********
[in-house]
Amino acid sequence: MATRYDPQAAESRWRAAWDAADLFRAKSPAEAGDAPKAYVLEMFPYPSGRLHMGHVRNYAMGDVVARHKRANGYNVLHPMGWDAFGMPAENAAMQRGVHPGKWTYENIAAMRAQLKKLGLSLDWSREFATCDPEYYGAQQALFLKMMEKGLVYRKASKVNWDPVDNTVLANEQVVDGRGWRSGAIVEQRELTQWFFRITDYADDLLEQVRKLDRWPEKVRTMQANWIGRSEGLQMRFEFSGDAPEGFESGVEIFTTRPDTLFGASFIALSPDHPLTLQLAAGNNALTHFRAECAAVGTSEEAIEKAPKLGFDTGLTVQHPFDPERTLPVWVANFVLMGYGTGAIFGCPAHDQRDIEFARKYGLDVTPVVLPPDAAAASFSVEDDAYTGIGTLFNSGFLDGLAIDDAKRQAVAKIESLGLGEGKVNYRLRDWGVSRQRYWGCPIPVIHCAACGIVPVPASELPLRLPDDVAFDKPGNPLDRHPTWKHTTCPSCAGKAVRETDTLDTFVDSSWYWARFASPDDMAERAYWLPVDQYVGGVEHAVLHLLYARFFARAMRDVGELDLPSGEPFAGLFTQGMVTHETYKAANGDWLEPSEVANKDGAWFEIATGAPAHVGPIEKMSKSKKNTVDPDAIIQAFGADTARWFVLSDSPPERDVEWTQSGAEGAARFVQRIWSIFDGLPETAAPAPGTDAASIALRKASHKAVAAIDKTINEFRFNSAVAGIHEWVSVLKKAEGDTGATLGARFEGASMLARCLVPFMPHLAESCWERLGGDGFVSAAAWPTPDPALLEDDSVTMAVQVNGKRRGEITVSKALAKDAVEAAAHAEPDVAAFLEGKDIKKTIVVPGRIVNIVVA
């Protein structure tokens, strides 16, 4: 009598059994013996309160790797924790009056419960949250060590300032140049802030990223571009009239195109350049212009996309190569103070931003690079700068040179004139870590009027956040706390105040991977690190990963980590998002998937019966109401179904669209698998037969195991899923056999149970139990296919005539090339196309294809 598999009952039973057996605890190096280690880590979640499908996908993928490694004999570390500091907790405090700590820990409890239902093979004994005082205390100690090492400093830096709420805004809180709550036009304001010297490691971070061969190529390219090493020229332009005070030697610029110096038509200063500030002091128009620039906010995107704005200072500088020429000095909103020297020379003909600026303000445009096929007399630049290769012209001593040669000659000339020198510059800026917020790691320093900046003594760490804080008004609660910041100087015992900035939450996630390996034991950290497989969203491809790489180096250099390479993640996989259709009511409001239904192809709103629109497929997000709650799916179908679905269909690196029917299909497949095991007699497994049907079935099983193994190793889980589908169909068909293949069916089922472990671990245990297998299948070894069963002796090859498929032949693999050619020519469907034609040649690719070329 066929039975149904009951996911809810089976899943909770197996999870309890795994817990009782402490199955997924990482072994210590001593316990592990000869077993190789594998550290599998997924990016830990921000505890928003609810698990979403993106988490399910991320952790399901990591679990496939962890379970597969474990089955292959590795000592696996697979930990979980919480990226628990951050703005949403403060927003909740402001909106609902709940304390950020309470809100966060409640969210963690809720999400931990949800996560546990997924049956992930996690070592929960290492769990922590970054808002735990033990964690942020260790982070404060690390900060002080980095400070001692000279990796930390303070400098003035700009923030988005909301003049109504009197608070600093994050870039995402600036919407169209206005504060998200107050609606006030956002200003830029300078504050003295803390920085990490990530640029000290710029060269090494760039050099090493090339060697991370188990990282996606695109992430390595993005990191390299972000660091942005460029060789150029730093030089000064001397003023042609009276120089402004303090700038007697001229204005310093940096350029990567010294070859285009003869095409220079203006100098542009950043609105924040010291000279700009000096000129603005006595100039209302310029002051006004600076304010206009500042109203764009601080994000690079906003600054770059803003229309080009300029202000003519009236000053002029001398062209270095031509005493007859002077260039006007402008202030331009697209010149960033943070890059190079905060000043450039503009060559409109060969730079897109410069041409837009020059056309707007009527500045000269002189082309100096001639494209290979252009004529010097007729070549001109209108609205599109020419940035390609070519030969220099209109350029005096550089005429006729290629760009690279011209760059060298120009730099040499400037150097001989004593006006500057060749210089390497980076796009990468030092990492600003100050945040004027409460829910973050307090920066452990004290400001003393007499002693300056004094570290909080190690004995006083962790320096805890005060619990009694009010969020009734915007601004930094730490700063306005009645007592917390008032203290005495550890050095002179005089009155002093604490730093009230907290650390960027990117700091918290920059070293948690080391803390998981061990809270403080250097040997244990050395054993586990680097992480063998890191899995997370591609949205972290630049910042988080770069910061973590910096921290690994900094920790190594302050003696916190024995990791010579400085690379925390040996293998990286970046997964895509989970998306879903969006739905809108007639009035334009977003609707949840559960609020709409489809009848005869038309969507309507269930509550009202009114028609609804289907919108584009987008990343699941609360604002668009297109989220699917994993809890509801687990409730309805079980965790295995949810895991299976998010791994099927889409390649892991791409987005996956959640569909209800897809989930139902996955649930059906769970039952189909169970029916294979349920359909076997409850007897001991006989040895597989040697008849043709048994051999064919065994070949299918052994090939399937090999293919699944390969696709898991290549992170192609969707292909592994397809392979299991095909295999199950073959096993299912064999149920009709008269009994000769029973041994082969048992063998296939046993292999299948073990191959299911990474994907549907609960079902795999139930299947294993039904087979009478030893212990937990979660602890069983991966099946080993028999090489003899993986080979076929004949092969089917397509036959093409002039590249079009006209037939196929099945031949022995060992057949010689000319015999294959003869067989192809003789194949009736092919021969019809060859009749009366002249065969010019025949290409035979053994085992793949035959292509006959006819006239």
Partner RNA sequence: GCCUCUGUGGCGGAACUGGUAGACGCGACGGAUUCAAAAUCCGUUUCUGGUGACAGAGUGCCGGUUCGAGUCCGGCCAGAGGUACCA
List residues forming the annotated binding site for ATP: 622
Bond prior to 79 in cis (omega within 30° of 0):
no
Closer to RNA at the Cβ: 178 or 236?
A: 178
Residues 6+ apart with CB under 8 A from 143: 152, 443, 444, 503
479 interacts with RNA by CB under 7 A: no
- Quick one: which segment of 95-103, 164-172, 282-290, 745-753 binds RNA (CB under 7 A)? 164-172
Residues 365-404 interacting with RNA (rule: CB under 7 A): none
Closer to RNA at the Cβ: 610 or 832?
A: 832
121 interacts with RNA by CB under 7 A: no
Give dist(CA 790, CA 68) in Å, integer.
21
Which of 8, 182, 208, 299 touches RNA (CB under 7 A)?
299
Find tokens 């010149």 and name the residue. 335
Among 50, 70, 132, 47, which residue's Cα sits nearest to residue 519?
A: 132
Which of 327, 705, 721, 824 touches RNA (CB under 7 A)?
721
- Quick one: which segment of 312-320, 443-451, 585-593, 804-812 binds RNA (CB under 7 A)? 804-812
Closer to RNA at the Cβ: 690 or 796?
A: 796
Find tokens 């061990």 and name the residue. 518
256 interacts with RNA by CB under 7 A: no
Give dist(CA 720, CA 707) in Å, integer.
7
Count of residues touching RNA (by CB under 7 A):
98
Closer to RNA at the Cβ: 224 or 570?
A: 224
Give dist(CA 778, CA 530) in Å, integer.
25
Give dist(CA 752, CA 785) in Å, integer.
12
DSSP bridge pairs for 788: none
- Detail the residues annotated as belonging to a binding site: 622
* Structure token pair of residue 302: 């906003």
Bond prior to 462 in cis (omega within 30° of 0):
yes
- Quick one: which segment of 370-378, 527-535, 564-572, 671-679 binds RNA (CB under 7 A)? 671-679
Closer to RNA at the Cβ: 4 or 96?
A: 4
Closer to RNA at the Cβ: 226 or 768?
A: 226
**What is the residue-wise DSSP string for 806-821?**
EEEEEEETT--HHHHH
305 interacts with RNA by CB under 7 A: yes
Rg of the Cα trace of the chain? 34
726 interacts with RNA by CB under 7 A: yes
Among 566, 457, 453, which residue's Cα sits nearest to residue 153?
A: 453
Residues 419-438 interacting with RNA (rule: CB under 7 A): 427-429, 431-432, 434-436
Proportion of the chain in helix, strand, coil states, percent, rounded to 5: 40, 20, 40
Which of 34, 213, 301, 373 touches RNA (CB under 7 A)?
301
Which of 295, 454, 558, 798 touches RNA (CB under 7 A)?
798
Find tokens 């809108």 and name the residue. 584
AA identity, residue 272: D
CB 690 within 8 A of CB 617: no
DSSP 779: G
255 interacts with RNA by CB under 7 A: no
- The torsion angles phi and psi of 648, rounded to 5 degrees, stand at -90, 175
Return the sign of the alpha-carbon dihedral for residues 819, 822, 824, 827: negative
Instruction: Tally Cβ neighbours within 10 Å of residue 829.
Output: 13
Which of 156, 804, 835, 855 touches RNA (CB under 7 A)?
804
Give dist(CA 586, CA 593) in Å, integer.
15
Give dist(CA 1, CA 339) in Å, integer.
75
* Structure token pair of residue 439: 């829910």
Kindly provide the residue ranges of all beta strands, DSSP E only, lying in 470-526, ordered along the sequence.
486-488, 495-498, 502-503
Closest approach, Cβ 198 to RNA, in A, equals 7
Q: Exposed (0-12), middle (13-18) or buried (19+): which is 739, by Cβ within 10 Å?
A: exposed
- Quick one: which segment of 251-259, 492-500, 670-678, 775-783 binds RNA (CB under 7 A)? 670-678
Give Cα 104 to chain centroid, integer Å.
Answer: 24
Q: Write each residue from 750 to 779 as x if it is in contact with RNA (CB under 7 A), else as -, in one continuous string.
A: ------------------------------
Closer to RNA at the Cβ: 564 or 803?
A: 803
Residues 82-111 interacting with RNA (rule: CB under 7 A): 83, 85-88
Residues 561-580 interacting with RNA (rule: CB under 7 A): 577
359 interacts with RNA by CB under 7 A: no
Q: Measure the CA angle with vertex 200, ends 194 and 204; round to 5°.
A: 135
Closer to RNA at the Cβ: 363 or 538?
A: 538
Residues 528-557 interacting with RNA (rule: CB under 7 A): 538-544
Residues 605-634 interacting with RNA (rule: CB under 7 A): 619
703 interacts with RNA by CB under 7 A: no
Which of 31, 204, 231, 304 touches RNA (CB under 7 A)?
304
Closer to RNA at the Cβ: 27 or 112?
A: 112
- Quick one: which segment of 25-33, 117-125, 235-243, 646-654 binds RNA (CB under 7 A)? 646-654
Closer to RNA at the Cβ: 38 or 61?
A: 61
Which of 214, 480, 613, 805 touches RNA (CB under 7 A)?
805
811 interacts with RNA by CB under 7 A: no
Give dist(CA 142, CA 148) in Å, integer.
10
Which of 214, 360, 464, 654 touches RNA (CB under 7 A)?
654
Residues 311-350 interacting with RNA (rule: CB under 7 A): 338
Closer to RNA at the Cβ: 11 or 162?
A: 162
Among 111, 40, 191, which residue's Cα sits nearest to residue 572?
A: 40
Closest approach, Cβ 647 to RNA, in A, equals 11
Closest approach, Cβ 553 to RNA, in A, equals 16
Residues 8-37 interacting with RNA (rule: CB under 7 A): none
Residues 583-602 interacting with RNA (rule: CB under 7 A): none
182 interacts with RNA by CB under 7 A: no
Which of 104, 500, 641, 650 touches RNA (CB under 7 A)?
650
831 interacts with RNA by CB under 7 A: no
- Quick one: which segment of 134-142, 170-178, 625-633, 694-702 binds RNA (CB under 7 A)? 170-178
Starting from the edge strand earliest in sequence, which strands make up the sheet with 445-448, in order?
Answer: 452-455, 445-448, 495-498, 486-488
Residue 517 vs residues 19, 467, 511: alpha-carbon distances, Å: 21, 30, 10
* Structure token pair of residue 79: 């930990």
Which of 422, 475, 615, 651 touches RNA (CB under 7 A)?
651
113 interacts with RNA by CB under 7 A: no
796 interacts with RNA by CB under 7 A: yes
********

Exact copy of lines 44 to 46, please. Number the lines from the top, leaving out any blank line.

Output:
Bond prior to 462 in cis (omega within 30° of 0):
yes
- Quick one: which segment of 370-378, 527-535, 564-572, 671-679 binds RNA (CB under 7 A)? 671-679